JACKI LYDEN, HOST:
Now, from the journal of stories of the year past, come with us to American Samoa. Mikhail Sebastian is a man without a country, stateless and stranded on that South Pacific island. And he's a lot more eager to get off than Robinson Crusoe ever was. We first encountered Sebastian in October. Born in the former Soviet bloc, he escaped and made his way to the United States, living and working here for 16 years. A condition tied to his residency is that he cannot leave. So Sebastian travels to the farthest fringes of U.S. territory: Guam, Puerto Rico - you get the idea.
But he hit the end of the line in American Samoa. When he tried to get home to L.A., he was blocked. He found out that American Samoa has its own rules, and paradise has turned to limbo. He can't even work there, so the American Samoa government is paying a local family to put him up. We caught up with him at their home.
MIKHAIL SEBASTIAN: Since the first interview we had back in October, I'm so thankful to NPR. I got a lot of emails and tweets from people who really cared about the situation, who were over on my side.
LYDEN: Nevertheless, U.S. Immigration has shown no sign of relenting, and today marks one year precisely that Sebastian has been stranded on the island.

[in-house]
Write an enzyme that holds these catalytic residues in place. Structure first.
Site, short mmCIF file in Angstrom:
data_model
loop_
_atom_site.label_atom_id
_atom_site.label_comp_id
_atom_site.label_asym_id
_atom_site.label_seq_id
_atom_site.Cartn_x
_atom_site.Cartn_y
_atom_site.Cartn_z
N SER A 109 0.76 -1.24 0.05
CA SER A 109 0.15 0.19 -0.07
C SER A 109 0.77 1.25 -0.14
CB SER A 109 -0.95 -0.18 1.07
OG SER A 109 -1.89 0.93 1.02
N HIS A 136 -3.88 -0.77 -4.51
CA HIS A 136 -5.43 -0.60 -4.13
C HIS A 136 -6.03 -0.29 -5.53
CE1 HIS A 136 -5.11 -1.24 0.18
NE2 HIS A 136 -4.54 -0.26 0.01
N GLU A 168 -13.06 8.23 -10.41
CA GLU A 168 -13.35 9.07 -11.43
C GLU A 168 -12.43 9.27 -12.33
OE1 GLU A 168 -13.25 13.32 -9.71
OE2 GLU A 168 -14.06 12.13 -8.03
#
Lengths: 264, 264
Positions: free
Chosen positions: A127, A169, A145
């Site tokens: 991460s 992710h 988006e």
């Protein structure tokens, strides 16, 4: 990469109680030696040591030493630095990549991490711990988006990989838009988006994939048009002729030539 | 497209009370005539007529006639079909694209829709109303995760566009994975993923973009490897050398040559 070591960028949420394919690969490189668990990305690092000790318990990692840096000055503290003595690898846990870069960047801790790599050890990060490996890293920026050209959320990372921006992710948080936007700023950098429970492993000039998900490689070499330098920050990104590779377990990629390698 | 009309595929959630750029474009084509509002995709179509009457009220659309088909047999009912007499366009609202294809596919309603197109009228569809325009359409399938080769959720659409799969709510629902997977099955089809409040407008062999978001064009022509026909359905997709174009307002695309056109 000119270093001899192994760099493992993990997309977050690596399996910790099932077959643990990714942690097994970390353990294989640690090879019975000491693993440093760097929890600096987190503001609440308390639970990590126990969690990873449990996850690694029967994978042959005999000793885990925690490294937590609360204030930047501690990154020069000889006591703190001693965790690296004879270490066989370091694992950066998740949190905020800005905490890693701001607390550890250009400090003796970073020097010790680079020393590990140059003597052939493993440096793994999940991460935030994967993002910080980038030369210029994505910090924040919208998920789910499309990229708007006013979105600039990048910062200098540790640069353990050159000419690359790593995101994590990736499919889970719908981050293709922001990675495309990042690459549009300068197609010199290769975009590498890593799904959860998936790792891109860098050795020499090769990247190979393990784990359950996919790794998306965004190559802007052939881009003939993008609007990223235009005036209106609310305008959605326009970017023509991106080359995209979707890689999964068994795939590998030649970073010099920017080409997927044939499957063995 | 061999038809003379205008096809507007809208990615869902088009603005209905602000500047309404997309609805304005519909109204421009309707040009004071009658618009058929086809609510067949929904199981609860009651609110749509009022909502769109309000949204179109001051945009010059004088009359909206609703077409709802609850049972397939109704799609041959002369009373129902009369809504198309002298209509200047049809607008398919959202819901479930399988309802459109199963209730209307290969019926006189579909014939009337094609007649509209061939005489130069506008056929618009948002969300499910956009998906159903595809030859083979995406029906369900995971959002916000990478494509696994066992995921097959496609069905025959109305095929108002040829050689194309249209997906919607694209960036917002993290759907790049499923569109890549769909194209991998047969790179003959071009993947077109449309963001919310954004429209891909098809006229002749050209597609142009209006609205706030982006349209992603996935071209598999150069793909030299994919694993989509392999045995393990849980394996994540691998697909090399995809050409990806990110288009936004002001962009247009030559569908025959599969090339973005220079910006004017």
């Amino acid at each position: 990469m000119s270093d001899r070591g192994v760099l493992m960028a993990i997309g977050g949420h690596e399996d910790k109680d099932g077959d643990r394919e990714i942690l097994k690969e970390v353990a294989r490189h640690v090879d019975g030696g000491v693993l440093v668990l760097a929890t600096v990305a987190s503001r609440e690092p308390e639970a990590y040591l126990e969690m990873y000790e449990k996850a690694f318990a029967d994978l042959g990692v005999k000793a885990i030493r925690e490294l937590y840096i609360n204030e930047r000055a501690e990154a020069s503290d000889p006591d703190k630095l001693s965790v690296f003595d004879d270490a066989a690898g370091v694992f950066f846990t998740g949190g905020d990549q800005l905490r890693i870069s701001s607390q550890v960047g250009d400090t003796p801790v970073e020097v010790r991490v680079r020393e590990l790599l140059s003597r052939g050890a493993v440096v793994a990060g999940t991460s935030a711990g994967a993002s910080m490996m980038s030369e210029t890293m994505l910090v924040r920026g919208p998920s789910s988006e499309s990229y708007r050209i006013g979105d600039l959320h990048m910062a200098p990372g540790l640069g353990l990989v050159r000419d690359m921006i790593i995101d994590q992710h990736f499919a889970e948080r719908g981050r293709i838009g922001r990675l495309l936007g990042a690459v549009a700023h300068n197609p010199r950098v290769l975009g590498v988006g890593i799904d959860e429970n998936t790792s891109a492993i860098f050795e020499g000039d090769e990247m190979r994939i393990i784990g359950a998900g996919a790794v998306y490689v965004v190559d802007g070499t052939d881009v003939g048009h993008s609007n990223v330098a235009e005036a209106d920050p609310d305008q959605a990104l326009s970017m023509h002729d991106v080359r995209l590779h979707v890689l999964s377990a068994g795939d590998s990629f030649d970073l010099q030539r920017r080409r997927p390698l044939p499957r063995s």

SEBASTIAN: First of all, it's hard. It's frustrating because I did not expect it's going to take a whole year. And the only thing I just want to say, that I want to just get out of here. I just want to go back home.
LYDEN: Staff from the office of the United Nations High Commission for Refugees recently traveled to the island to make a video about Mikhail Sebastian's plight.
(SOUNDBITE OF UNHCR VIDEO)
UNIDENTIFIED MAN: Nothing like this has ever happened in American Samoa. I'm fairly confident of that because American Samoa has no idea what to do with Mikhail.
LYDEN: That's Sebastian's lawyer. But so far, no agency that could do something about this has budged, so Mikhail Sebastian kind of lives in his head.
SEBASTIAN: 2012 was a bad year. And I hope that 2013 will bring me a lot of hope and then a lot of chances can be done in our broken immigration system.
LYDEN: The UNHCR estimates there are 12 million stateless people throughout the world. Mikhail Sebastian says if he ever gets back to the United States, he'll work to promote the rights of these citizens of nowhere. Transcript provided by NPR, Copyright National Public Radio.